FINANCIAL COALITION AGAINST CHILD PORNOGRAPHY

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1 FINANCIAL COALITION AGAINST CHILD PORNOGRAPHY Internet Merchant Acquisition and Monitoring Best Practices for the Prevention and Detection of Commercial Child Pornography* Background The Financial Coalition Against Child Pornography ( Coalition ) was formed in 2006 to address the alarming growth of commercial child pornography over the Internet. Its members include leaders in the banking and payments industries, as well as Internet services companies. One of the Coalition s charters is to prevent child pornography merchants from entering the payments system and establishing merchant accounts with members of the Coalition. As a first step, the Prevention Working Group of the Coalition undertook a review of the methods the banking and payments industries employ to scrutinize on line merchants in order to identify best practices associated with stopping the distribution and sale of child pornography over the Internet. This document contains a compilation of methods that some Coalition members have used in their application and verification process, and thereafter, to detect child pornographers and prevent them from establishing or maintaining merchant accounts. These methods are being shared in an effort to assist other Coalition members in evaluating their respective procedures for detecting commercial child pornographers and preventing commercial child pornographers from obtaining access to services offered by Coalition members. Given the increasing sophistication level of these crimes, the Coalition recognizes the challenges involved in meeting its goal of preventing all commercial child pornographers from obtaining access to our systems. By utilizing these methods, or appropriate variations thereof, Coalition members can conduct comprehensive risk assessments of entities applying to use their services. The Coalition also recognizes that each Coalition member has different business models and products, and not all of these methods may be applicable to, or equally effective for, all Coalition members. The Coalition also realizes that rapid advances in technology or other changes may require modification to these methods. We encourage the Coalition members to use the strategies below or to adopt modified ones as appropriate. It is important to note that the practices, methods, and red flags contained in this document are only suggestions. It is the responsibility of each Coalition member to establish its own merchant acquisition policies and procedures appropriate to its respective business models, risk assessments, internal policies, and/or regulatory oversight. 1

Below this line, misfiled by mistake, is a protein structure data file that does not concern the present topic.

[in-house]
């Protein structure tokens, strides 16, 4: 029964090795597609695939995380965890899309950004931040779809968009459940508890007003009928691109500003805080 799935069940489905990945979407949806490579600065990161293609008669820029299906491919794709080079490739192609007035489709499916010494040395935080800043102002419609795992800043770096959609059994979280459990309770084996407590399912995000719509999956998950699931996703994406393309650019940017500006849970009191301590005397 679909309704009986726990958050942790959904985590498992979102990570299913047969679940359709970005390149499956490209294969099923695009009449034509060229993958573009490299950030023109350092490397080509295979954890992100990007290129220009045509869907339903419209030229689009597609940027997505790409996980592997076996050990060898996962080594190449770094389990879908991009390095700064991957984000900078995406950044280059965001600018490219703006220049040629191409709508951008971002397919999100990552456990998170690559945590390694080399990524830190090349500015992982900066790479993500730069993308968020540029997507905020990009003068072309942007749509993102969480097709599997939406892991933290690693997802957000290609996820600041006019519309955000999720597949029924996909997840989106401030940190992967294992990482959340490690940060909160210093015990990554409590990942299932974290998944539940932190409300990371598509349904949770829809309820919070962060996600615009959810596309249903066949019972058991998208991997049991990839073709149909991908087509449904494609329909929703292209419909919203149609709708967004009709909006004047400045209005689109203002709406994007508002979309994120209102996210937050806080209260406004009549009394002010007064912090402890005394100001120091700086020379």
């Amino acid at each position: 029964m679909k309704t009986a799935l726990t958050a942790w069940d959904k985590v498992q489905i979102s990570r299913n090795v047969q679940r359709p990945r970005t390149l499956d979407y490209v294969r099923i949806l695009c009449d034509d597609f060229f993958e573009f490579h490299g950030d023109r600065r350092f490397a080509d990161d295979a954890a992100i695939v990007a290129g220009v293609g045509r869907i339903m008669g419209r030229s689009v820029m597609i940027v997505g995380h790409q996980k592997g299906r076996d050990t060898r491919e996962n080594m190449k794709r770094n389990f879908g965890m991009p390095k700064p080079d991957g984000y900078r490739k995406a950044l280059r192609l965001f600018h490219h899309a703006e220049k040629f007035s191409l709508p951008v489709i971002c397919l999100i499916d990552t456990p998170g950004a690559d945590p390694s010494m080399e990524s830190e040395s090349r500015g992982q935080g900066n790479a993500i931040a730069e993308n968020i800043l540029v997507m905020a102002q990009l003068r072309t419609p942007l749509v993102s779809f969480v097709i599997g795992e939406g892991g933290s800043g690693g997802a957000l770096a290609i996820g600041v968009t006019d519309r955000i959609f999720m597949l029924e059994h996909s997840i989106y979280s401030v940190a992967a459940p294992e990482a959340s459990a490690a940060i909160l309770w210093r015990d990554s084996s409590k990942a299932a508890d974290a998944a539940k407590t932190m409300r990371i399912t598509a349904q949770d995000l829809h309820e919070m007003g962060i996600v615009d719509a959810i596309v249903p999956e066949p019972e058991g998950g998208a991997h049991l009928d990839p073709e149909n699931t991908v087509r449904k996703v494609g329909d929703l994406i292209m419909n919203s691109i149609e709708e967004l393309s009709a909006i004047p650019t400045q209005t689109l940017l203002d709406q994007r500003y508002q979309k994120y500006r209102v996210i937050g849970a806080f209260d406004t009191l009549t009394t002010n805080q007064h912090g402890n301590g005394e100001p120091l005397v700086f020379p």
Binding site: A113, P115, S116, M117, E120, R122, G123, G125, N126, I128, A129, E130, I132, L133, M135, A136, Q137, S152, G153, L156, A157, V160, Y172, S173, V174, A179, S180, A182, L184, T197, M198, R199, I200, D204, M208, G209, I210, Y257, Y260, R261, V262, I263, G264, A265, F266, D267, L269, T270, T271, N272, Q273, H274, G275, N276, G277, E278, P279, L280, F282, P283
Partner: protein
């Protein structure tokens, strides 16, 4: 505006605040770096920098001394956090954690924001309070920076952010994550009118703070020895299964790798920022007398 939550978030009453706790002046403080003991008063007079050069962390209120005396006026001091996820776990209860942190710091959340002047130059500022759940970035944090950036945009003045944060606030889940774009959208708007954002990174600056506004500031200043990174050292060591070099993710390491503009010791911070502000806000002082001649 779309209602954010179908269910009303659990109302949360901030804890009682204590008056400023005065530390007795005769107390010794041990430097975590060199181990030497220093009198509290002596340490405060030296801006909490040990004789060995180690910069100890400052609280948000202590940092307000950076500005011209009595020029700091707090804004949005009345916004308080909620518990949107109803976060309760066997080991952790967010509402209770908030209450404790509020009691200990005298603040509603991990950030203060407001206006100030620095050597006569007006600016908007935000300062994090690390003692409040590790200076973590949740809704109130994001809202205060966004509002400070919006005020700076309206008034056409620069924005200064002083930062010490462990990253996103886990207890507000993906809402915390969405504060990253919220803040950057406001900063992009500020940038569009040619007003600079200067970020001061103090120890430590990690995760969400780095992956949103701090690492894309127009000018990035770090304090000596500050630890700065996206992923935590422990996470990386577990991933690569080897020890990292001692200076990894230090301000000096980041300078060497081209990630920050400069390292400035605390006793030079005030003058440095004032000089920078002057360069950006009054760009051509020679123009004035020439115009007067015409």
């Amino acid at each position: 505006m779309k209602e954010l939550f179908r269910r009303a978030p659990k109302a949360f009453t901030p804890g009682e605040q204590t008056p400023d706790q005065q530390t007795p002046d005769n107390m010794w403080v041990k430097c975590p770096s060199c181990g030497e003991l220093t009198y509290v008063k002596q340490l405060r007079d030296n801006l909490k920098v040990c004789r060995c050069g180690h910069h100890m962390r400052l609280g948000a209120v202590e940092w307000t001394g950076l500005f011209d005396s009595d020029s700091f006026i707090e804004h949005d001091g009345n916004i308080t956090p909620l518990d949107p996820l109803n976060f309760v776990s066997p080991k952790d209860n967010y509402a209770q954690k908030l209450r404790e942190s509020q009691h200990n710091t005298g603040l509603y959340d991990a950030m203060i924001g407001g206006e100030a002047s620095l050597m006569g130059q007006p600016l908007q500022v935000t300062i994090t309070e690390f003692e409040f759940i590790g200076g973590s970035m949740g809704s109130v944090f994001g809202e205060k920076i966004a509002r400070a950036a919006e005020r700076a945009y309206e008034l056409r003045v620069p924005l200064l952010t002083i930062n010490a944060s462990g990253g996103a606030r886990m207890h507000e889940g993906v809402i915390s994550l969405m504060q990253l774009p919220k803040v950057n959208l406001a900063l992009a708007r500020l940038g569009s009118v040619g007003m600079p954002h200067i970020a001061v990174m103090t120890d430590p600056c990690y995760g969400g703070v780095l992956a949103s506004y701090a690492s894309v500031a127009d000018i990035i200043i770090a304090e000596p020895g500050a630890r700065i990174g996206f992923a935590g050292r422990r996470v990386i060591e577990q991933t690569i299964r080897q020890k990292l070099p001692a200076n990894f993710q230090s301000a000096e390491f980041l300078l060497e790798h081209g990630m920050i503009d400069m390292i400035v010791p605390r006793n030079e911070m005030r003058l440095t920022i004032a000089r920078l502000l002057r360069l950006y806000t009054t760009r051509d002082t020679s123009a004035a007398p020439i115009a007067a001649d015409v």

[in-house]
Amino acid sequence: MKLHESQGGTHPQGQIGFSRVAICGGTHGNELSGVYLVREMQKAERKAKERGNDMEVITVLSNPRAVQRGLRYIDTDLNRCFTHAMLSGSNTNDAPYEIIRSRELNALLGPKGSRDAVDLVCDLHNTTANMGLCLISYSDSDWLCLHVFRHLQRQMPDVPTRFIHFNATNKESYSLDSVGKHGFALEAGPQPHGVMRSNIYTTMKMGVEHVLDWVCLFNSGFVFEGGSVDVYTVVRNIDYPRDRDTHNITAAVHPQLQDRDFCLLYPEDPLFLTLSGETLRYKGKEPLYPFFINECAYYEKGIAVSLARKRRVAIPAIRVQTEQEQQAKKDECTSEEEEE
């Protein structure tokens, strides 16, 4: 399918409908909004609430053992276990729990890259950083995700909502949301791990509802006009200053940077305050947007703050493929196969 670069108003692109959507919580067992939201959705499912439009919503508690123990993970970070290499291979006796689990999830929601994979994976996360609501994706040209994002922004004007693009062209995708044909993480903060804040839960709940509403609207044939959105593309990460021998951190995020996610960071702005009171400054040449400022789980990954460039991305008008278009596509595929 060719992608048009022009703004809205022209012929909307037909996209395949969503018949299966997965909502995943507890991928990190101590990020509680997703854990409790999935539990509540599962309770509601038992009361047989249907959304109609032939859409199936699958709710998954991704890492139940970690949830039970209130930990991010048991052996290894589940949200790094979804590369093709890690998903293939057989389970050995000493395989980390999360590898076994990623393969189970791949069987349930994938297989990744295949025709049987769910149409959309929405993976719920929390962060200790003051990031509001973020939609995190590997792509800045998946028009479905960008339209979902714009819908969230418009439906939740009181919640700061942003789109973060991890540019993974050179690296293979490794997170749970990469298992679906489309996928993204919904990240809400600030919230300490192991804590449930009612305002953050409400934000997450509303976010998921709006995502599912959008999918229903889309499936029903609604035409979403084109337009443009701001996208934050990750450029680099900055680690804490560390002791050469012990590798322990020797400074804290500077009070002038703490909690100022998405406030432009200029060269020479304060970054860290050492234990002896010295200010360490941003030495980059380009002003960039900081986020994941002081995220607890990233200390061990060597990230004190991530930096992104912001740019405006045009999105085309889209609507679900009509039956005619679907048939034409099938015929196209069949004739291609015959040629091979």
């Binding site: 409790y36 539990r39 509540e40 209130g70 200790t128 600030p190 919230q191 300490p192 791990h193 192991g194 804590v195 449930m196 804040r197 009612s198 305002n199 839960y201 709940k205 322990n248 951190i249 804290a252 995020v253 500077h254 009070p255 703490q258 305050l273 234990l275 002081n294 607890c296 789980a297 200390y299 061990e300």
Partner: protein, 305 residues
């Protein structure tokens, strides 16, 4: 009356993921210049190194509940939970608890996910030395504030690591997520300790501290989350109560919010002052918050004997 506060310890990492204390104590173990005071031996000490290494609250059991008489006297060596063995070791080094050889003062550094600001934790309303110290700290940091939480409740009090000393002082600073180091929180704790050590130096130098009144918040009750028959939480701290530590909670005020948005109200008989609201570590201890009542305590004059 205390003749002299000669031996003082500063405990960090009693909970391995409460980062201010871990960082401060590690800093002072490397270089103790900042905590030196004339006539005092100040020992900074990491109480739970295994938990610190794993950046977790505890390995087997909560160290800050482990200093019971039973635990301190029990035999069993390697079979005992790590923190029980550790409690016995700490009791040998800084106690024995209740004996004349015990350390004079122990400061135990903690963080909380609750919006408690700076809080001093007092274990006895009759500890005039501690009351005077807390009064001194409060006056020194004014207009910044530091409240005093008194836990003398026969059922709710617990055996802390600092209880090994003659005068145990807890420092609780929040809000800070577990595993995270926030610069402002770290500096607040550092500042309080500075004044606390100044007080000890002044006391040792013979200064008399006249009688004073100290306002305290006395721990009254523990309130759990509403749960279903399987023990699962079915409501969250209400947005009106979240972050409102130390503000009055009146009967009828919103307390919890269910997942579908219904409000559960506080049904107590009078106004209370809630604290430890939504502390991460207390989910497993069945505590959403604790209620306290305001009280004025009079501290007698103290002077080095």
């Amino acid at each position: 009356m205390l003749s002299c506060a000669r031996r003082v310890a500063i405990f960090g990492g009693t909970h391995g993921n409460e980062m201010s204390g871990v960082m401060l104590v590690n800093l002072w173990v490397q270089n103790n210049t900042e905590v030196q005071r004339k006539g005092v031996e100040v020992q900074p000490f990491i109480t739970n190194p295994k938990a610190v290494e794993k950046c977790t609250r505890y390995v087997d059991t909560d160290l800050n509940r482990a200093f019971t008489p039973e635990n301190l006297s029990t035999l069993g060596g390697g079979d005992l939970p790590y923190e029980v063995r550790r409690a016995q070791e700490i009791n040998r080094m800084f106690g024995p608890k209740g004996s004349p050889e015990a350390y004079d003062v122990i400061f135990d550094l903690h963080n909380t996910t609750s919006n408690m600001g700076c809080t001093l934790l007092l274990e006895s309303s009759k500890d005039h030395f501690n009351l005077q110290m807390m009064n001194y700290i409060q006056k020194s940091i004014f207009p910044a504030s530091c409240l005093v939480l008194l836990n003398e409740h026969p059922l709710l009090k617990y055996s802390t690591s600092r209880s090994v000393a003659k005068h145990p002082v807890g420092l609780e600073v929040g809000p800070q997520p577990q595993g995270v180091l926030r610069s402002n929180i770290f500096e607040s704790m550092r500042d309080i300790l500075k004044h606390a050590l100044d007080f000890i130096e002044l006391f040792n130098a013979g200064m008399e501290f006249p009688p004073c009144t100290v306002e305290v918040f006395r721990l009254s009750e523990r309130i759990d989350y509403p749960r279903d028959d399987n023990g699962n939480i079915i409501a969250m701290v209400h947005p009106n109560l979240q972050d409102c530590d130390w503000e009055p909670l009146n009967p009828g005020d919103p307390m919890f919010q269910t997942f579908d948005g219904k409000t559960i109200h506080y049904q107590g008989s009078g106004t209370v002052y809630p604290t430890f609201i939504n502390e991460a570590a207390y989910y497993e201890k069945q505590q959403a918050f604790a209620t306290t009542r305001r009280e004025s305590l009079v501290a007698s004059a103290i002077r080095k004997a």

2 Methods for Detection and Prevention Effective due diligence is essential to assess the legitimacy and viability of merchants who desire access to join the payments system. This is especially true of merchants who are doing business over the Internet as it can be challenging to properly identify a merchant and effectively control the methods and sales channels a merchant may utilize to support its business. The following sections offer examples of best practices that can be employed during merchant acquisition and monitoring to prevent/detect on line merchants involved in commercial child pornography. The Merchant Application The Merchant Application is the foundation of a financial institution s relationship with a merchant. It is an effective tool for collecting the merchant s credit qualifications for verification and assessing its potential risk for fraud. As part of the initial merchant review, it is important to follow generally accepted know your customer procedures and guidelines appropriate to the Coalition member s business model/risk assessments/regulatory oversight. The merchant application should be comprehensive enough to gather relevant background information on the merchant, its business model, products or services it offers, operations, locations, principals and other key personnel, which potentially may also include the items listed below. Each Coalition member should, however, employ its own due diligence process based on its own internal policies, regulatory requirements, and procedures. Additionally, each Coalition member needs to take into account the impact of local laws on the acquisition process when operating internationally. The best practices set forth in this document focus on some of the methods that Coalition members use when specifically acquiring Internet merchants, which can be used to supplement members standard practices (when appropriate). Merchant Business Background Merchant history: Obtain the merchant s authorization to research its background, including credit, banking, financial history and history of card acceptance (merchant statements). Ask the merchant to supply information for any other businesses it currently owns or operates, or has owned in the past. Ask if the merchant and/or any other principals involved have a prior merchant relationship with acquiring banks. If yes, request bankcard statements for several months of activity. If another Acquirer previously terminated the merchant, note the reason for termination on the merchant s application. Doing Business As (DBA) or trade name: Both the DBA name and the legal/trade name should be disclosed on the application. Some merchants may conduct their daily business activities under one name and apply for legal registration under a different name. If the names are materially different, it is important to know both names and the reasons supporting any material differences. Inquire into the Better Business Bureau to obtain a record of performance for the DBA, legal name, phone number and website URL. Legal Structure: Inquire about the legal form of the merchant s business. For example, is the merchant a partnership, sole proprietorship, or corporation? Verify business licenses; professional licenses; or a corporate charter, articles of incorporation or similar documents. 2